Cryopreservation represents one if not the only long-term option for tissue and perhaps future organ banking. In one particular approach, cryopreservation is achieved by completely avoiding ice formation (or crystallization) through a process called vitrification. This "ice-free" approach to tissue banking requires a combination of high-concentration cryoprotective additives such as M22 (9.4 M), VS55 (8.4 M), or DP6 (6 M) and sufficiently fast rates of cooling and warming to avoid crystallization. In this article, we report the temperature-dependent specific heat capacity of the above-mentioned cryoprotective additives in small volumes (10 mg sample pans) at rates of 5°C/min and 10°C/min using a commercially available differential scanning calorimetry (TA Instruments Q1000), in the temperature range of-150°C to 30°C. This data can be utilized in heat-transfer models to predict thermal histories in a cryopreservation protocol. More specifically, the effects of temperature dependence of specific heat due to the presence of three different phases (liquid, ice, and vitreous phase) can dramatically impact the thermal history and therefore the outcome of the cryopreservation procedure. The crystallization potential of these cryoprotectants was also investigated by studying cases of maximal and minimal crystallization in VS55 and DP6, where M22 did not crystallize under any rates tested. To further reduce crystallization in VS55 and DP6, a stabilizing sugar (sucrose) was added in varying concentrations (0.15 M and 0.6 M) and was shown to further reduce crystallization, particularly in VS55, at modest rates of cooling (1°C/min, 5°C/min, and 10°C/min).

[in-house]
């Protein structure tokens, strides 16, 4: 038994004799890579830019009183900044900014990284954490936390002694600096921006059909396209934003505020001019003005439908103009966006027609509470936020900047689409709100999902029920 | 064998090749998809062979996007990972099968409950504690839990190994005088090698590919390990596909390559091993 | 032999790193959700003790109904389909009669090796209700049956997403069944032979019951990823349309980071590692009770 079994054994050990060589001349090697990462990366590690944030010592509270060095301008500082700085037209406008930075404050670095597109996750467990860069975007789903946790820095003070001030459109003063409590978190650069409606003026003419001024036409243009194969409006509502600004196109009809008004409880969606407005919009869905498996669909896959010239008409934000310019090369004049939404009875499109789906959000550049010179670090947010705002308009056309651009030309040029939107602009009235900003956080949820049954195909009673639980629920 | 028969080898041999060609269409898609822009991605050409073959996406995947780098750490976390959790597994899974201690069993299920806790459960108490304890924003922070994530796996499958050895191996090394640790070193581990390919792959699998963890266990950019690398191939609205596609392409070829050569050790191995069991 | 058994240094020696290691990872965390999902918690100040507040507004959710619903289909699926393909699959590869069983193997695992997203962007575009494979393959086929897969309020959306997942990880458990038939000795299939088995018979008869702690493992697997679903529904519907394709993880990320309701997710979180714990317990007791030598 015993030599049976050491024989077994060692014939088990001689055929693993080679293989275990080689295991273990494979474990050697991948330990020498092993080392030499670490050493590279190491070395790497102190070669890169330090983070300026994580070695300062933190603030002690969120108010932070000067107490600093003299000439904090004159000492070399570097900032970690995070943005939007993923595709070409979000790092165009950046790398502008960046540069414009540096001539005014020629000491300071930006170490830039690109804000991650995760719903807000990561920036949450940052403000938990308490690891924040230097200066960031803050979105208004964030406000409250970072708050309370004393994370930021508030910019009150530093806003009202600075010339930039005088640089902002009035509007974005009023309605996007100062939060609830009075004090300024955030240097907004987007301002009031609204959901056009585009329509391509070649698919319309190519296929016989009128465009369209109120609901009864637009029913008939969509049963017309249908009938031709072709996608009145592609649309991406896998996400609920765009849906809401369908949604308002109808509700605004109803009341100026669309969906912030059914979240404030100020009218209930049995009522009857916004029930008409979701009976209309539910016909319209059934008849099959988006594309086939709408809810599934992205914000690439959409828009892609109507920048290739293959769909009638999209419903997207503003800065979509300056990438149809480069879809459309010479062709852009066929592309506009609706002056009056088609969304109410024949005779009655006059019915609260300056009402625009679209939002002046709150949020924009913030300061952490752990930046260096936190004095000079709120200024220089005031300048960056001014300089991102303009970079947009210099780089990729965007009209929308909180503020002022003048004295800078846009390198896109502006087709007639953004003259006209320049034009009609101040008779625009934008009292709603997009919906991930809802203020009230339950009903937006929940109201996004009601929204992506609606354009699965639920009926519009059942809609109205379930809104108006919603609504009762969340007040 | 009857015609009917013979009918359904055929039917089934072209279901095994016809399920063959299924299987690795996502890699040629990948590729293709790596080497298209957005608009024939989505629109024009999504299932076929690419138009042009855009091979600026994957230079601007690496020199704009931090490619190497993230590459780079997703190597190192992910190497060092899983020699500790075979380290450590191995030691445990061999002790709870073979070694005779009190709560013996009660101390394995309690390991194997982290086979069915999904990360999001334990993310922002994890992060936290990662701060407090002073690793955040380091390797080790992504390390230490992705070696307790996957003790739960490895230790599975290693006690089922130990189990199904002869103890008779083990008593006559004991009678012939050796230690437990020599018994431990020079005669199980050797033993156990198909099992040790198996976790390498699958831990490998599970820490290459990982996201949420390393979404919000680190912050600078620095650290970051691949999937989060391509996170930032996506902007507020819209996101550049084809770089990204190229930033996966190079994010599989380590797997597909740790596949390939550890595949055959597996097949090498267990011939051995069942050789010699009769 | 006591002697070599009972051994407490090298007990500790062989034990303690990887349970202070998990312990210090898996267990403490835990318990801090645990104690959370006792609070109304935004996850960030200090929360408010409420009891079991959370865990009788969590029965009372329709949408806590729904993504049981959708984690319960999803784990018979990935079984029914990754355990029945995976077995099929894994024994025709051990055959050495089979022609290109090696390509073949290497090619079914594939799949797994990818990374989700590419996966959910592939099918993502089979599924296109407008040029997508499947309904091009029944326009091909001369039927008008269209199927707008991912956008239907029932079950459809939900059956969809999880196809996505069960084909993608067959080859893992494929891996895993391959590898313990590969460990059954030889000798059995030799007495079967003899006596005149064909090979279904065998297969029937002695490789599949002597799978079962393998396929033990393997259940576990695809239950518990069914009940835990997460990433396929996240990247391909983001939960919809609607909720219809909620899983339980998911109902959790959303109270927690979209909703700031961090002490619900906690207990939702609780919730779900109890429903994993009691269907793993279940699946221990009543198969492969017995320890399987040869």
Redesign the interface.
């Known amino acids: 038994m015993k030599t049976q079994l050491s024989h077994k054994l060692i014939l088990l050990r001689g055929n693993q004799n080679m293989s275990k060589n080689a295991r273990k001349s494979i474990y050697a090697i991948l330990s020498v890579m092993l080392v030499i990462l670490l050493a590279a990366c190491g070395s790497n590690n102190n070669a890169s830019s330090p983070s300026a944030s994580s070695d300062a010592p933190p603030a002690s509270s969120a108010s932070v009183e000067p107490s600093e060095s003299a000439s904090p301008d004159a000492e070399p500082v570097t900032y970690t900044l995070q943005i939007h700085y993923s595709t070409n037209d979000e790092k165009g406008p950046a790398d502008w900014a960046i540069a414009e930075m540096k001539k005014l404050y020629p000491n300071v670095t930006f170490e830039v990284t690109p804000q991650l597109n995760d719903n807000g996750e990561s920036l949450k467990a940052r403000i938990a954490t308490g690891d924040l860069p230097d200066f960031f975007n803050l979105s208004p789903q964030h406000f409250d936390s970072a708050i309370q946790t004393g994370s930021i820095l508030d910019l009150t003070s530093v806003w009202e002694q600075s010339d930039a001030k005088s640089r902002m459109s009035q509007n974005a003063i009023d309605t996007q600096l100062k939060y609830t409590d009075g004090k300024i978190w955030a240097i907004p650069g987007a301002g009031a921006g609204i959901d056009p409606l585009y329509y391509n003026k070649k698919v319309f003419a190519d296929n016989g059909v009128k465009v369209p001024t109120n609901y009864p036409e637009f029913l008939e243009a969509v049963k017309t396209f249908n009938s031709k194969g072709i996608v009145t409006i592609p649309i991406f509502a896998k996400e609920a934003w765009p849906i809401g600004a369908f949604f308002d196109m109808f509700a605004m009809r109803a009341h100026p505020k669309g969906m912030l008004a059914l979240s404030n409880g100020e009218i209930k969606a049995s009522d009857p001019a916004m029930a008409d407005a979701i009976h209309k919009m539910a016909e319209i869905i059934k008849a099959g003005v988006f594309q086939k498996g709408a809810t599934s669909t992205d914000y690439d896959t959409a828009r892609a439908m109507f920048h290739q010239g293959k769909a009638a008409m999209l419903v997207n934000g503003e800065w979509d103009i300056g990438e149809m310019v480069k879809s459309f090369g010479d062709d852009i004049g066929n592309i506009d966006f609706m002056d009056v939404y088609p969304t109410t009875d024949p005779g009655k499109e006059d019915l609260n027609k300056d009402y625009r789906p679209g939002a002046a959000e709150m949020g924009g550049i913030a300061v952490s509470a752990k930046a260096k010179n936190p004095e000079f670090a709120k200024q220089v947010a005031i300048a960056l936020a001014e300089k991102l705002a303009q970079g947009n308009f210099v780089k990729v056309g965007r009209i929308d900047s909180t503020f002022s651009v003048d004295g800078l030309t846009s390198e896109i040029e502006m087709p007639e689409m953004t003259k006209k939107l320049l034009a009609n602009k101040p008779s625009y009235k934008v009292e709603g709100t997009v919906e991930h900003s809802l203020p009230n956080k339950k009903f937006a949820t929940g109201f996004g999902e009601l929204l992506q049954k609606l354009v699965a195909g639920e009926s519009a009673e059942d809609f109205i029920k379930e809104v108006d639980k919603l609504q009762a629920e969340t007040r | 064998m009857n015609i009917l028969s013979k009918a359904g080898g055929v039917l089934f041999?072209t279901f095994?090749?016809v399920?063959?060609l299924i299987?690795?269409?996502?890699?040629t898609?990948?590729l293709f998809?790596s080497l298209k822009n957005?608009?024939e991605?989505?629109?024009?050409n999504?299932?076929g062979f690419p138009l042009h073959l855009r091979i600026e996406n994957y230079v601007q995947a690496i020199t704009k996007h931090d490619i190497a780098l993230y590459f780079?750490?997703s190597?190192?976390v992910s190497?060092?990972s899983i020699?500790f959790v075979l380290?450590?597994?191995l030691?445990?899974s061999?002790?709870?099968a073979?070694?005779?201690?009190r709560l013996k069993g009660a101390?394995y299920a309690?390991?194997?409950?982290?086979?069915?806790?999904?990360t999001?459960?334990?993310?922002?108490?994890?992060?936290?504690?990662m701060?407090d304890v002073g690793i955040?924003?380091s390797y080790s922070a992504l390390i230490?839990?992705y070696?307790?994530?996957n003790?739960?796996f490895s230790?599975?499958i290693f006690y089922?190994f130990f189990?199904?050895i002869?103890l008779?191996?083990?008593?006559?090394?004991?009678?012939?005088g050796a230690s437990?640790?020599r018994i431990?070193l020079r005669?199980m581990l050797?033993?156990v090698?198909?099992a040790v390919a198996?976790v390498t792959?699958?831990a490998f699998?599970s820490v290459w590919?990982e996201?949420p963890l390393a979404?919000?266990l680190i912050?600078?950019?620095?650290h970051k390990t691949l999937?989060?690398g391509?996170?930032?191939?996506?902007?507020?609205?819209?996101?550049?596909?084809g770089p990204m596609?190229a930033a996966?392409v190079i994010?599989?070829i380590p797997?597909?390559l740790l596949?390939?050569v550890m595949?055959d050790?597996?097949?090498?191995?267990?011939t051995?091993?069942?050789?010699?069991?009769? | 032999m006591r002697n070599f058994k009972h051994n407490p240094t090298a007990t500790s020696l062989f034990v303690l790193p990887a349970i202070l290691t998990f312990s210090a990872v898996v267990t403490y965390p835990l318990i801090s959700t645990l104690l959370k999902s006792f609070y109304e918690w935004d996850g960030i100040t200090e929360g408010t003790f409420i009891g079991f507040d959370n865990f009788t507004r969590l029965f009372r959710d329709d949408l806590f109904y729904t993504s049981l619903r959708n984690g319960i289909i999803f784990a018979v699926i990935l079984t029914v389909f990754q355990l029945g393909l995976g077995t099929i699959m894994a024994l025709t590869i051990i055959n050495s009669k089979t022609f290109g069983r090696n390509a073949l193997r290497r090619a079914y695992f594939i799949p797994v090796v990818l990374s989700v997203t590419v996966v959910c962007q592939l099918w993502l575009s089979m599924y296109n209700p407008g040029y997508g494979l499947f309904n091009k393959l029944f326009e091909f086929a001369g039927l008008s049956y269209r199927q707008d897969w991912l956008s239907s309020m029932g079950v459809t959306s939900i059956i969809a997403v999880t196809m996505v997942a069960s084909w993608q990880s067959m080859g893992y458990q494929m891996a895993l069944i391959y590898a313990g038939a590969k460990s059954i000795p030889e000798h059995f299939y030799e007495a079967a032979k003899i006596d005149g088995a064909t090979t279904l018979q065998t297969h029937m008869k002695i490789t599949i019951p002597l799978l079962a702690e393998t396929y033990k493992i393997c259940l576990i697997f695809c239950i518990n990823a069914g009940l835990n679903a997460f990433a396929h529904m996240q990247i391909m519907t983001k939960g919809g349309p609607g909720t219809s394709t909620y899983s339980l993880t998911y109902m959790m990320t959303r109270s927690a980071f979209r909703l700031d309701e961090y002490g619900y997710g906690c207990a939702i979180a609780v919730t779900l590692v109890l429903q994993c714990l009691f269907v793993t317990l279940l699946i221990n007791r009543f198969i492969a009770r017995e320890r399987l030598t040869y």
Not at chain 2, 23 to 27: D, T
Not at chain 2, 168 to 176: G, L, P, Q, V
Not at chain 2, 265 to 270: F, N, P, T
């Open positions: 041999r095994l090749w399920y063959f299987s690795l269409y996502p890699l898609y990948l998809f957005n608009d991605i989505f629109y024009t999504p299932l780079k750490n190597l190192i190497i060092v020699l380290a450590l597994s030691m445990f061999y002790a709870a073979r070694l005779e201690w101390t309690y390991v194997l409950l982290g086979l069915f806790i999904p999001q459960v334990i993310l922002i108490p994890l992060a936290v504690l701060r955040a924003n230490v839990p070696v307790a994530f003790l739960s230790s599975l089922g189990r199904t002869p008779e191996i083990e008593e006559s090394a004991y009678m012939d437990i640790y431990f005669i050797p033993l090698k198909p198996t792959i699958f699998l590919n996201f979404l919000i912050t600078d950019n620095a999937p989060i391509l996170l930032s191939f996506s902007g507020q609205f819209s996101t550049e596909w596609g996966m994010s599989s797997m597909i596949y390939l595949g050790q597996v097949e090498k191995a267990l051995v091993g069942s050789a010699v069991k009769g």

Bibliographical noteFunding Information:
This work was also funded by the U.S. Army Medical Research and Materiel Command (contract no.W81XWH-16-C-0074 to K.G.M.B.). The views, opinions, and findings contained in this report are those of the authors and should not be construed as an official Department of the Army position, policy, or decision unless so designated by other documentation.
We would like to acknowledge Kuhrmeyer Chair in ME to J.C.B., NSF CBET 1336659, and University of Minnesota Doctoral Dissertation Fellowship (H.N.).
- Cryoprotective agents
- specific heat